We see this in the Gospel of John too, our author uses our I Samuel passage to show that God sees differently that human beings. In so seeing God solves the conflicting religious laws by setting out priorities. John’s Gospel will pick this up in chapter 7. Here too we see the conflicts in play. Jesus is making a case that because God sees the world and humanity different, God’s love may “override” other commandments.

Let me end with Hays’ brilliant words for us on the use of I Samuel by Jesus. Hays writes, “This implies that the law’s fundamental aim of promoting human wholeness and flourishing can in some instances over-ride its ritual prohibitions. This is certainly not a negation of the law; rather, it is an argument profoundly respectful of the law’s own inner logic, an argument that operates within well-established Jewish hermeneutical precedent… That this is so is underscored by the subtle scriptural allusions in the final thrust of Jesus’ rejoinder to his critics, ‘Do not judge according o appearance, but judge with just judgement.’” (Hays, Scripture, 298)

A Vision of Christology
What this means is that God's goal of feeding and healing, on the sabbath and not on the sabbath, is a priority to other things. Poor health and hunger are immediate needs that Jesus says take a priority to the religious rules.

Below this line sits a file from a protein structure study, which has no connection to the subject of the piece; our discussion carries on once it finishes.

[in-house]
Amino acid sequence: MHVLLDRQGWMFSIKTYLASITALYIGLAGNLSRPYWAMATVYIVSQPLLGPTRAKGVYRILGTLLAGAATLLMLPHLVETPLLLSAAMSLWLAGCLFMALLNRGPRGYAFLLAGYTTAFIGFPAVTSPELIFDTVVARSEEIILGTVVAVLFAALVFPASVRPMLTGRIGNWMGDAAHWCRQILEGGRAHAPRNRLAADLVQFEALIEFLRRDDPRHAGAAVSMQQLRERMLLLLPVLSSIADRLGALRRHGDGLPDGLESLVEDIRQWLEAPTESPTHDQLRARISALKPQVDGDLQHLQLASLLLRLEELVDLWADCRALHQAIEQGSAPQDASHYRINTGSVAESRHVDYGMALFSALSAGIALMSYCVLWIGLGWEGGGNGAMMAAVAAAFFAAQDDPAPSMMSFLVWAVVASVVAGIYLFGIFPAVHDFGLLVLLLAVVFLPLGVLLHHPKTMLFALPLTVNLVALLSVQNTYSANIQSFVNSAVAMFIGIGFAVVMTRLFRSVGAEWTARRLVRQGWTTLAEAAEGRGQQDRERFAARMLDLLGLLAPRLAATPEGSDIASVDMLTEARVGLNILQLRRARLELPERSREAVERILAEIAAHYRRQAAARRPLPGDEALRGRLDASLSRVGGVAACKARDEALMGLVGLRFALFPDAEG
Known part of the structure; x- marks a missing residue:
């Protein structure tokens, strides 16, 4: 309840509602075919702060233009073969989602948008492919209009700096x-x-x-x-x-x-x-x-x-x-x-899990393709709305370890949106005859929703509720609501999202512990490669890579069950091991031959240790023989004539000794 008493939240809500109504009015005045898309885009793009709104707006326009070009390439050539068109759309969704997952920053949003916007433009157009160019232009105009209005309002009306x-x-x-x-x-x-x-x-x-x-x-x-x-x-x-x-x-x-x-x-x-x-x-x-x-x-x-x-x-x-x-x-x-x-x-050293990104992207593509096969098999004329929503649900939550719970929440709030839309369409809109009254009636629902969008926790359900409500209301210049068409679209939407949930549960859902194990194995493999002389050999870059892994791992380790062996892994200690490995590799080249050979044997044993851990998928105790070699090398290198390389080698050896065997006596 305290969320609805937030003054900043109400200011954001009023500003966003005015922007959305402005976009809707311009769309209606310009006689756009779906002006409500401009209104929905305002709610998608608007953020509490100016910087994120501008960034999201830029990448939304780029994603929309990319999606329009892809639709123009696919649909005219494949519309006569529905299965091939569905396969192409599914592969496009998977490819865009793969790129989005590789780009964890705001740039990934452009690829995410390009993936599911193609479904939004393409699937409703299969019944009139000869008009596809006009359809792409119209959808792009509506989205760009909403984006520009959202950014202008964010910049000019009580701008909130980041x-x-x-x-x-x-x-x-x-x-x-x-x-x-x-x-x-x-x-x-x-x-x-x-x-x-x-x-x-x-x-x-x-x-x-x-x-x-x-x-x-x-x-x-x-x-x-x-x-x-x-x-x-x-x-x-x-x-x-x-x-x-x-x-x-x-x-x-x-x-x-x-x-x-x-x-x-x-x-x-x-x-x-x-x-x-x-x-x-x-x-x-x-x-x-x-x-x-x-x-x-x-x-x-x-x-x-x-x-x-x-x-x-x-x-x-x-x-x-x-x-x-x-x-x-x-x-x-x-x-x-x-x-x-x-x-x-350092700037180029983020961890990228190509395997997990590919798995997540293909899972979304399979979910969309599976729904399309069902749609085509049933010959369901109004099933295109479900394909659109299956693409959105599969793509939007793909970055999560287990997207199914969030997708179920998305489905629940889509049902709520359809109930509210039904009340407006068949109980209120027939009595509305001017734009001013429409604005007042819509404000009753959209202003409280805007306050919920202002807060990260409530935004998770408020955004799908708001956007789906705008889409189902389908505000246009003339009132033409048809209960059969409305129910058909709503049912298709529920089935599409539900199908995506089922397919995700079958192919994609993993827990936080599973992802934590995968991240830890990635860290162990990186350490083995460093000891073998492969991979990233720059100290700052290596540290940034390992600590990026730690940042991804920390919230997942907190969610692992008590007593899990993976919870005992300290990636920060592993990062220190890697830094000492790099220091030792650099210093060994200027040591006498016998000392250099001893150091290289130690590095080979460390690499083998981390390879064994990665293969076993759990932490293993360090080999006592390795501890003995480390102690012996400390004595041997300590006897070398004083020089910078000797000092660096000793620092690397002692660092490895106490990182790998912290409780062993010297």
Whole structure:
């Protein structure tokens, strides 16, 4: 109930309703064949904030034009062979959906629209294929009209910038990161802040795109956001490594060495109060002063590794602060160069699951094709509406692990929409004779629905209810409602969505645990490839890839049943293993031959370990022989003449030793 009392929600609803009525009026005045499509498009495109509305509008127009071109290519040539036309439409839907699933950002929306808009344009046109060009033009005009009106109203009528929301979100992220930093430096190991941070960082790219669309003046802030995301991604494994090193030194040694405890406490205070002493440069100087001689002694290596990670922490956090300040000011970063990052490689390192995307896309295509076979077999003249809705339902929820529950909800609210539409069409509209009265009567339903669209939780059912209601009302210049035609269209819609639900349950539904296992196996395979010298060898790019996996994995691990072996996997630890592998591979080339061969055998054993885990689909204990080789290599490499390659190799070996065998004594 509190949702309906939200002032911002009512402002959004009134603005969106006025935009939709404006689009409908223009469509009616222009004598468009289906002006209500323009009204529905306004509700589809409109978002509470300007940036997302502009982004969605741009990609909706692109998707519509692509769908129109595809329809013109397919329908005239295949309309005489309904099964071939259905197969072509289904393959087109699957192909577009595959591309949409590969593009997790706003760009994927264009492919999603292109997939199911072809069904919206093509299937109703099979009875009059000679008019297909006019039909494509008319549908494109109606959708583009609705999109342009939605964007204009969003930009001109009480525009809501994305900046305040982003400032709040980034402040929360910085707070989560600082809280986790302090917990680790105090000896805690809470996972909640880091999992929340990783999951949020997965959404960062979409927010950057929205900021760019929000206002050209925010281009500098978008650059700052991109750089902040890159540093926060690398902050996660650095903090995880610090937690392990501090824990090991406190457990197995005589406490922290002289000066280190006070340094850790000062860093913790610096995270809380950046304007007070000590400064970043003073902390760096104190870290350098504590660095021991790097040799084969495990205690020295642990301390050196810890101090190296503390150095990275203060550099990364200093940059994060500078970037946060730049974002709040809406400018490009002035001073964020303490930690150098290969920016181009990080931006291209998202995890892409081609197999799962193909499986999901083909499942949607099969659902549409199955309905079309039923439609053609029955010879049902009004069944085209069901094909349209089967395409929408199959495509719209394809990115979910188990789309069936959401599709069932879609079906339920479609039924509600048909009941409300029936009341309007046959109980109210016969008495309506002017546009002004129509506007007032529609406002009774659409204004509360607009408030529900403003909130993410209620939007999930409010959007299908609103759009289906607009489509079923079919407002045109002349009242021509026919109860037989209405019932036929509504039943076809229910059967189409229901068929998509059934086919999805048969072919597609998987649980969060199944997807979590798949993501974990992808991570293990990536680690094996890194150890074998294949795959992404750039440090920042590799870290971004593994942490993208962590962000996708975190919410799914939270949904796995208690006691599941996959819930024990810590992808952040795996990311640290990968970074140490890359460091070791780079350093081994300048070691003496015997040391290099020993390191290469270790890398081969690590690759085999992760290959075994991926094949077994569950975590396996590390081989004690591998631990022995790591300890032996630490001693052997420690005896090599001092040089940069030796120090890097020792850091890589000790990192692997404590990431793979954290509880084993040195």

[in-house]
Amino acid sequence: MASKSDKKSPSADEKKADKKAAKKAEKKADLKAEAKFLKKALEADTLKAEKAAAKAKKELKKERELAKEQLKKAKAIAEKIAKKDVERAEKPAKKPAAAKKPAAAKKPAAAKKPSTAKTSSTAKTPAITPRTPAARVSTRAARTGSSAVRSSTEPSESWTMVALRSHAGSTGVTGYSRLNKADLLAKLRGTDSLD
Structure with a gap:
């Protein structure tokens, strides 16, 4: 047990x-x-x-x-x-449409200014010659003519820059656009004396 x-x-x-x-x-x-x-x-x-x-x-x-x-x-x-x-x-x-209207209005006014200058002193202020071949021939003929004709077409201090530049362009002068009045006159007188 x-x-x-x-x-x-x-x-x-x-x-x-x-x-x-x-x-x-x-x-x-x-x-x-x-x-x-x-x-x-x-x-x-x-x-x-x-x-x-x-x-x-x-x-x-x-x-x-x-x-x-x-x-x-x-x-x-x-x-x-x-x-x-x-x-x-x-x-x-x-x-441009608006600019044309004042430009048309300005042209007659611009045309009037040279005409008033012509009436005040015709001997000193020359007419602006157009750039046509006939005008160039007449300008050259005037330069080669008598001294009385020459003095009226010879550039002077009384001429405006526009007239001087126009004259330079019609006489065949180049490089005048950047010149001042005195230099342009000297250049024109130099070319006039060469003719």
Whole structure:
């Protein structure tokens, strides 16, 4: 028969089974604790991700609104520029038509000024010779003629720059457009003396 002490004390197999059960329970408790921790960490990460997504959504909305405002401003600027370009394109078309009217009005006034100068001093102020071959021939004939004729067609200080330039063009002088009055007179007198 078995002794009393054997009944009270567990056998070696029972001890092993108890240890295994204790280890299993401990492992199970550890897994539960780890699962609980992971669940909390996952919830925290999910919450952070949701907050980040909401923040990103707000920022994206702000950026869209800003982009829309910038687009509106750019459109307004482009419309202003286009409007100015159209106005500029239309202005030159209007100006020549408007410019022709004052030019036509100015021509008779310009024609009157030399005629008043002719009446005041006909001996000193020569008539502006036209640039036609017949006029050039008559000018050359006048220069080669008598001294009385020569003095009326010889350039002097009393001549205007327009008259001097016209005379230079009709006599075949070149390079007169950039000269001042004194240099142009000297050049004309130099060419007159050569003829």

What we see is that Jesus is making a case for feeding and healing those in need. And, we see Jesus doing this using a particular form of reading the scripture that is known in his day and rarely practiced by Christians since! Now, there is Christology at work here too. We see it in the narrative. What we seek is that God in Christ Jesus is first of all revealing who he is and what his mission is to be.

Jesus is claiming his messianic role by healing, and pronouncing the new boundaries for community. Episcopal priest and New Testament theologian Robert Farrar Capon writes that by the time he reaches the end of this section of Mark's gospel we see Jesus as a "wonder working, demon-exorcising claimant to the messianic title", as a "sabbath-breaking upstart with a dangerously arrogant sense of his own authority - as somebody, in other words, who is neither interested in, nor palatable to, the religious sensibilities of expert Messiah watchers." (Kingdom, Grace, Judgment, 51.) Jesus is not beginning a new religion, he is inaugurating the messianic kingdom.